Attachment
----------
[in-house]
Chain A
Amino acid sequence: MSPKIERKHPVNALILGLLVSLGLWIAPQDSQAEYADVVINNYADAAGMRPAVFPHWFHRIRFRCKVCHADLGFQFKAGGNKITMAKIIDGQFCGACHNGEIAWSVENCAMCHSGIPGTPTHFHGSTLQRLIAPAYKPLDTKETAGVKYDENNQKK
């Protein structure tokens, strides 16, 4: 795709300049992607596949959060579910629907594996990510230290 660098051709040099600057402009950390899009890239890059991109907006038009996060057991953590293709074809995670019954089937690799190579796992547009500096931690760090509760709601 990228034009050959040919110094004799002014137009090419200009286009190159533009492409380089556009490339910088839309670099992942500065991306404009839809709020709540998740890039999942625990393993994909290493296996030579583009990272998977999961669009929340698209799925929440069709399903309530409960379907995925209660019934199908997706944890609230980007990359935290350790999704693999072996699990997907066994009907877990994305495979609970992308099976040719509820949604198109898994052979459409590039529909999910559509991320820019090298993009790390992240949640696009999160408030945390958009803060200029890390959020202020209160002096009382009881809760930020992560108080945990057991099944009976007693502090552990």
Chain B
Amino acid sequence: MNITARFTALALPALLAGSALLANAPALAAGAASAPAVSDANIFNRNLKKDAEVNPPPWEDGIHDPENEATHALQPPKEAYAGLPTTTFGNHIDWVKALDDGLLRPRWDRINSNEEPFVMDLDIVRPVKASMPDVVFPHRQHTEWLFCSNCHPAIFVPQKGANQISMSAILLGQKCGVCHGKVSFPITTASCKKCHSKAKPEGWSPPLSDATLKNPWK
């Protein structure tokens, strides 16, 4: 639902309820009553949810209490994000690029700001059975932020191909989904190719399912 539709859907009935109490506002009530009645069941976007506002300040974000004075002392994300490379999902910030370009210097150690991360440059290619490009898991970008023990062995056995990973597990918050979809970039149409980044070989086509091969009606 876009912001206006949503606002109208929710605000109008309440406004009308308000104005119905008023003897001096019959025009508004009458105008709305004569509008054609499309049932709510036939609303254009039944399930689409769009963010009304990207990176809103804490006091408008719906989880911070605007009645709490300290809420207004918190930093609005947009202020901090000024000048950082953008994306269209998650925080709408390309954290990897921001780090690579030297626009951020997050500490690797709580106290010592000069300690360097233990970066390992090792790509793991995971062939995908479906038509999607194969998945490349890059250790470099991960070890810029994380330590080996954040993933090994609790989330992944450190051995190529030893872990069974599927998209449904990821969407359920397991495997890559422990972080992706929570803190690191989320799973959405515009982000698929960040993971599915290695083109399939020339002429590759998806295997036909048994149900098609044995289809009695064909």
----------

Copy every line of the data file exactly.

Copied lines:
[in-house]
Chain A
Amino acid sequence: MSPKIERKHPVNALILGLLVSLGLWIAPQDSQAEYADVVINNYADAAGMRPAVFPHWFHRIRFRCKVCHADLGFQFKAGGNKITMAKIIDGQFCGACHNGEIAWSVENCAMCHSGIPGTPTHFHGSTLQRLIAPAYKPLDTKETAGVKYDENNQKK
């Protein structure tokens, strides 16, 4: 795709300049992607596949959060579910629907594996990510230290 660098051709040099600057402009950390899009890239890059991109907006038009996060057991953590293709074809995670019954089937690799190579796992547009500096931690760090509760709601 990228034009050959040919110094004799002014137009090419200009286009190159533009492409380089556009490339910088839309670099992942500065991306404009839809709020709540998740890039999942625990393993994909290493296996030579583009990272998977999961669009929340698209799925929440069709399903309530409960379907995925209660019934199908997706944890609230980007990359935290350790999704693999072996699990997907066994009907877990994305495979609970992308099976040719509820949604198109898994052979459409590039529909999910559509991320820019090298993009790390992240949640696009999160408030945390958009803060200029890390959020202020209160002096009382009881809760930020992560108080945990057991099944009976007693502090552990």
Chain B
Amino acid sequence: MNITARFTALALPALLAGSALLANAPALAAGAASAPAVSDANIFNRNLKKDAEVNPPPWEDGIHDPENEATHALQPPKEAYAGLPTTTFGNHIDWVKALDDGLLRPRWDRINSNEEPFVMDLDIVRPVKASMPDVVFPHRQHTEWLFCSNCHPAIFVPQKGANQISMSAILLGQKCGVCHGKVSFPITTASCKKCHSKAKPEGWSPPLSDATLKNPWK
């Protein structure tokens, strides 16, 4: 639902309820009553949810209490994000690029700001059975932020191909989904190719399912 539709859907009935109490506002009530009645069941976007506002300040974000004075002392994300490379999902910030370009210097150690991360440059290619490009898991970008023990062995056995990973597990918050979809970039149409980044070989086509091969009606 876009912001206006949503606002109208929710605000109008309440406004009308308000104005119905008023003897001096019959025009508004009458105008709305004569509008054609499309049932709510036939609303254009039944399930689409769009963010009304990207990176809103804490006091408008719906989880911070605007009645709490300290809420207004918190930093609005947009202020901090000024000048950082953008994306269209998650925080709408390309954290990897921001780090690579030297626009951020997050500490690797709580106290010592000069300690360097233990970066390992090792790509793991995971062939995908479906038509999607194969998945490349890059250790470099991960070890810029994380330590080996954040993933090994609790989330992944450190051995190529030893872990069974599927998209449904990821969407359920397991495997890559422990972080992706929570803190690191989320799973959405515009982000698929960040993971599915290695083109399939020339002429590759998806295997036909048994149900098609044995289809009695064909």